Wednesday, 14 November 2007

Going for gold and on the edge!

After reaching Norseman earlier today (where the Coolgardie/Esperance highway meets the Eyre Highway heading east ..... next stop Adelaide!), Mark turned right and has now embarked on the very long haul of 1000 miles across the Nullarbor Plain of south Australia.

Norseman is the closest point on Mark's route to the goldfields of Western Australia. Gold was first discovered in the Norseman area in 1892 and the town is apparently named after the horse of a prospector who got lucky and found a rich gold seam! An idea of the settlement today can be gleaned from the following photos .....

The area suffers acutely from a shortage of water (its average annual rainfall is 276 mm) In its early years rainwater was supplemented by distilling saltwater from the numerous lakes in the region.
Services in the area improved slowly between the wars - the railway arrived in 1927, reliable water came to the town in 1936 and the southern road through Esperance and Port Augusta was upgraded in 1941 - but the gold dwindled. The photo above shows derelict miners' housing in Norseman. Today there are a number of small goldmining operations in the area but only the Central Norseman Gold Corporation can be considered a major producer. Still, it is claimed that since 1892 over 100 tonnes of gold have been extracted from the area. Modern Norseman is basically a large, sprawling town driven by mining and tourism and dominated by a huge tailings (mining waste) dump.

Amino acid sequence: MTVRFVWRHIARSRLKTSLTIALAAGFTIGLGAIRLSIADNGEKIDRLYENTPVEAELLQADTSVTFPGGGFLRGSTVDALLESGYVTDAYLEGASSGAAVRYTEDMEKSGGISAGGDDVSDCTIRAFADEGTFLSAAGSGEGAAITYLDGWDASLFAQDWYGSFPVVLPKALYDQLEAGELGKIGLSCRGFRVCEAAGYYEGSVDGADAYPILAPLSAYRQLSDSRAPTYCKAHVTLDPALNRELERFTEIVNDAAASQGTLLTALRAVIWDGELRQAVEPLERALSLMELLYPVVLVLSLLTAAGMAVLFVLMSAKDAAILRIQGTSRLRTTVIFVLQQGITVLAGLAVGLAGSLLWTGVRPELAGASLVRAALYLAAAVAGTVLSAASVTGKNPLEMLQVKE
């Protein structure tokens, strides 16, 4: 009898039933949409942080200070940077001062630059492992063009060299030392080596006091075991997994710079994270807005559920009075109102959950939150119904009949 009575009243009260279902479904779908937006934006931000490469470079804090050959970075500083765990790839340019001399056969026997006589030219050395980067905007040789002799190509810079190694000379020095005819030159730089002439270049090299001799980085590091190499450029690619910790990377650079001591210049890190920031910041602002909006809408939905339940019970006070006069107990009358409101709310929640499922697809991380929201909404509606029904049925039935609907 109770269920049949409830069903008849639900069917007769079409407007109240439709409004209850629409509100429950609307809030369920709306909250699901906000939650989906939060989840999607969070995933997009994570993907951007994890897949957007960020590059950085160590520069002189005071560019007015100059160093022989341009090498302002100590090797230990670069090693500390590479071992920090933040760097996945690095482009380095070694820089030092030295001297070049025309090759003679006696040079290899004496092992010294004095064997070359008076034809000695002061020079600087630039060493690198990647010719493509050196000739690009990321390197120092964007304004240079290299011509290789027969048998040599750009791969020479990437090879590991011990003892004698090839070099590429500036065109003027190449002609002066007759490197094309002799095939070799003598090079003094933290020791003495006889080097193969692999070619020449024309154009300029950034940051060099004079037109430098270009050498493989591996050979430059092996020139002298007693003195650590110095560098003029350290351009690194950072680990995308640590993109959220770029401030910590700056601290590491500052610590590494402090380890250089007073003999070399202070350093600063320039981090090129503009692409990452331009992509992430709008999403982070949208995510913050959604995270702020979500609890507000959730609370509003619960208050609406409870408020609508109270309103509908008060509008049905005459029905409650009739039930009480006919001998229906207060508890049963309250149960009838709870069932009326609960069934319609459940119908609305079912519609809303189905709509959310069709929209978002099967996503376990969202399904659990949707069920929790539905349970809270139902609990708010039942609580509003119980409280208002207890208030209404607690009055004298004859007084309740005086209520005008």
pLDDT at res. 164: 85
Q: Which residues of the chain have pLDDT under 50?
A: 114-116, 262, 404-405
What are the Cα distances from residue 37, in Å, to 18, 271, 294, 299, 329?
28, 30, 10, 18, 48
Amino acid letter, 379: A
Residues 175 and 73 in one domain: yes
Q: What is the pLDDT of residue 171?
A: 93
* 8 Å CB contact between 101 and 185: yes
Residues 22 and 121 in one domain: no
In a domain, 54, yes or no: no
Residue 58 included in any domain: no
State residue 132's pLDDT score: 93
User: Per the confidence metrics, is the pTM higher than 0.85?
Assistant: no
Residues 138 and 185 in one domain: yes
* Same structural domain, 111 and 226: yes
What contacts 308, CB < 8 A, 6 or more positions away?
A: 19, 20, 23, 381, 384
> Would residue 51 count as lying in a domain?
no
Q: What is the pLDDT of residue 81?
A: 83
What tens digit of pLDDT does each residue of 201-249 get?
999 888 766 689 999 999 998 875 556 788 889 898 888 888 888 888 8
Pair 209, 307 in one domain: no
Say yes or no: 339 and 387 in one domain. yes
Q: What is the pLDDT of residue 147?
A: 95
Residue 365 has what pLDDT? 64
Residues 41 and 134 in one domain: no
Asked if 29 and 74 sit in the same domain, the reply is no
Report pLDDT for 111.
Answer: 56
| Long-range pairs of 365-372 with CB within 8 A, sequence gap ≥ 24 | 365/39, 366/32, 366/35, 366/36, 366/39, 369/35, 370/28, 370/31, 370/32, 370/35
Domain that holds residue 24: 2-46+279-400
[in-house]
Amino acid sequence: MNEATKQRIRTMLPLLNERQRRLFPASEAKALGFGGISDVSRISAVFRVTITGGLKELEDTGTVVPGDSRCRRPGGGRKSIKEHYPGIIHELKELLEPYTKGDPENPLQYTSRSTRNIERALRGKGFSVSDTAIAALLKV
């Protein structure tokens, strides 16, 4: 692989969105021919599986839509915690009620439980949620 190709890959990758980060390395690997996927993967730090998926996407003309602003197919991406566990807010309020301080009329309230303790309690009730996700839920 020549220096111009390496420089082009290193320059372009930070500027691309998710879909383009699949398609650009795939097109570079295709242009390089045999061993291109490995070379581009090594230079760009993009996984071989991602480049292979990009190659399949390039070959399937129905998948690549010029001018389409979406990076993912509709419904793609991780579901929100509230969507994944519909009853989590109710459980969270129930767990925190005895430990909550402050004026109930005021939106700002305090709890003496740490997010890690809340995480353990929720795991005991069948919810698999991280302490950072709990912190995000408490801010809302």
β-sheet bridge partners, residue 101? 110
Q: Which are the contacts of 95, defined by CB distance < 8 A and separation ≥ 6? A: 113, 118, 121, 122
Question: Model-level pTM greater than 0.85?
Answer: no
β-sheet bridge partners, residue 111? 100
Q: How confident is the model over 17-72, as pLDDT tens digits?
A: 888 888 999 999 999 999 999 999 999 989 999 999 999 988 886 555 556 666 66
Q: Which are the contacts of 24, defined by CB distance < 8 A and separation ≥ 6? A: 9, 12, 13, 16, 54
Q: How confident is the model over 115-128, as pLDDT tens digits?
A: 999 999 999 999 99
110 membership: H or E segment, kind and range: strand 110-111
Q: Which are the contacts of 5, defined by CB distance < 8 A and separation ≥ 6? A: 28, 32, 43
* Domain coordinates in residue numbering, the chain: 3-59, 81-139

Mark's journey north to Norseman today was also significant for another reason - he passed the point where cultivation ends and scrubland (here with salt lakes) takes over. The image shows what are literally the last wheatfields before the desert! The official desert limit for rainfall is 250mm so Noreseman is right on the edge.

Going east of Norseman, the real Australian bush takes over, with salt lakes, flocks of emus and finally the Nullarbor Plains, endless treeless expanses with a road and railway, straight as an arrow, stretching into South Australia. I sense we are going to see a lot more of this type of landscape in the days to come!

In fact, I think the next 1000 miles could be my biggest challenge so far - am I going to find something different to write about on a regular basis? We'll see!

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